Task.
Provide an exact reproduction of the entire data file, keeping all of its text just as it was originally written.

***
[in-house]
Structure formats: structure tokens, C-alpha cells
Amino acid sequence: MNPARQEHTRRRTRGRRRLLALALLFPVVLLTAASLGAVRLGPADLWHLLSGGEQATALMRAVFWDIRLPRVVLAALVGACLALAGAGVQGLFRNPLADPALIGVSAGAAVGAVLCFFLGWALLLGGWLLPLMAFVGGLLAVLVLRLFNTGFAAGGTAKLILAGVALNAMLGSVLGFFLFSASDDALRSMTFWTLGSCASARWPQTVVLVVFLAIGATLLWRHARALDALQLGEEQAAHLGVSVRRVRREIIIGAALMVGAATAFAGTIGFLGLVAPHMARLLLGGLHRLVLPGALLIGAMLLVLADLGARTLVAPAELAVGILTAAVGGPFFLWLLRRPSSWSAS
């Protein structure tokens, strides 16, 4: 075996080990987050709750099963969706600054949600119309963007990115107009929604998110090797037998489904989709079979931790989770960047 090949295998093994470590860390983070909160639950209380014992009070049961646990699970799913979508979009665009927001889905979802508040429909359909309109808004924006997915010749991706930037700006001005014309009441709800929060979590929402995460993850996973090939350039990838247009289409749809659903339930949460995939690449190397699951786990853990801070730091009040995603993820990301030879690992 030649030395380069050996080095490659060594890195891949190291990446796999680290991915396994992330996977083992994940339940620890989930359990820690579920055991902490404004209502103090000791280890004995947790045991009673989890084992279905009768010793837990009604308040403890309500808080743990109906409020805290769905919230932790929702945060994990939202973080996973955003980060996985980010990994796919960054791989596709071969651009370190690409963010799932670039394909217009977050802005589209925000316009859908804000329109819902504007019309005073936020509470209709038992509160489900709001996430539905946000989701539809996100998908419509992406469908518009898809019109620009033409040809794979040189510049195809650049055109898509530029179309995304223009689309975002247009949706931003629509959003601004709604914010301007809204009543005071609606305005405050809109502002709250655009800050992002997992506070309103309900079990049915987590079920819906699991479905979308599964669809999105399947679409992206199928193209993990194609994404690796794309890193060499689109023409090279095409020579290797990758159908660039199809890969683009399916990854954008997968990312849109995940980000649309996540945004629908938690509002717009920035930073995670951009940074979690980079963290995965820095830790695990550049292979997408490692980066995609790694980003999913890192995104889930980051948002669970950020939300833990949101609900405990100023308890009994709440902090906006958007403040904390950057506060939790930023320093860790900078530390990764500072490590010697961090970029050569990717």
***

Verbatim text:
[in-house]
Structure formats: structure tokens, C-alpha cells
Amino acid sequence: MNPARQEHTRRRTRGRRRLLALALLFPVVLLTAASLGAVRLGPADLWHLLSGGEQATALMRAVFWDIRLPRVVLAALVGACLALAGAGVQGLFRNPLADPALIGVSAGAAVGAVLCFFLGWALLLGGWLLPLMAFVGGLLAVLVLRLFNTGFAAGGTAKLILAGVALNAMLGSVLGFFLFSASDDALRSMTFWTLGSCASARWPQTVVLVVFLAIGATLLWRHARALDALQLGEEQAAHLGVSVRRVRREIIIGAALMVGAATAFAGTIGFLGLVAPHMARLLLGGLHRLVLPGALLIGAMLLVLADLGARTLVAPAELAVGILTAAVGGPFFLWLLRRPSSWSAS
């Protein structure tokens, strides 16, 4: 075996080990987050709750099963969706600054949600119309963007990115107009929604998110090797037998489904989709079979931790989770960047 090949295998093994470590860390983070909160639950209380014992009070049961646990699970799913979508979009665009927001889905979802508040429909359909309109808004924006997915010749991706930037700006001005014309009441709800929060979590929402995460993850996973090939350039990838247009289409749809659903339930949460995939690449190397699951786990853990801070730091009040995603993820990301030879690992 030649030395380069050996080095490659060594890195891949190291990446796999680290991915396994992330996977083992994940339940620890989930359990820690579920055991902490404004209502103090000791280890004995947790045991009673989890084992279905009768010793837990009604308040403890309500808080743990109906409020805290769905919230932790929702945060994990939202973080996973955003980060996985980010990994796919960054791989596709071969651009370190690409963010799932670039394909217009977050802005589209925000316009859908804000329109819902504007019309005073936020509470209709038992509160489900709001996430539905946000989701539809996100998908419509992406469908518009898809019109620009033409040809794979040189510049195809650049055109898509530029179309995304223009689309975002247009949706931003629509959003601004709604914010301007809204009543005071609606305005405050809109502002709250655009800050992002997992506070309103309900079990049915987590079920819906699991479905979308599964669809999105399947679409992206199928193209993990194609994404690796794309890193060499689109023409090279095409020579290797990758159908660039199809890969683009399916990854954008997968990312849109995940980000649309996540945004629908938690509002717009920035930073995670951009940074979690980079963290995965820095830790695990550049292979997408490692980066995609790694980003999913890192995104889930980051948002669970950020939300833990949101609900405990100023308890009994709440902090906006958007403040904390950057506060939790930023320093860790900078530390990764500072490590010697961090970029050569990717």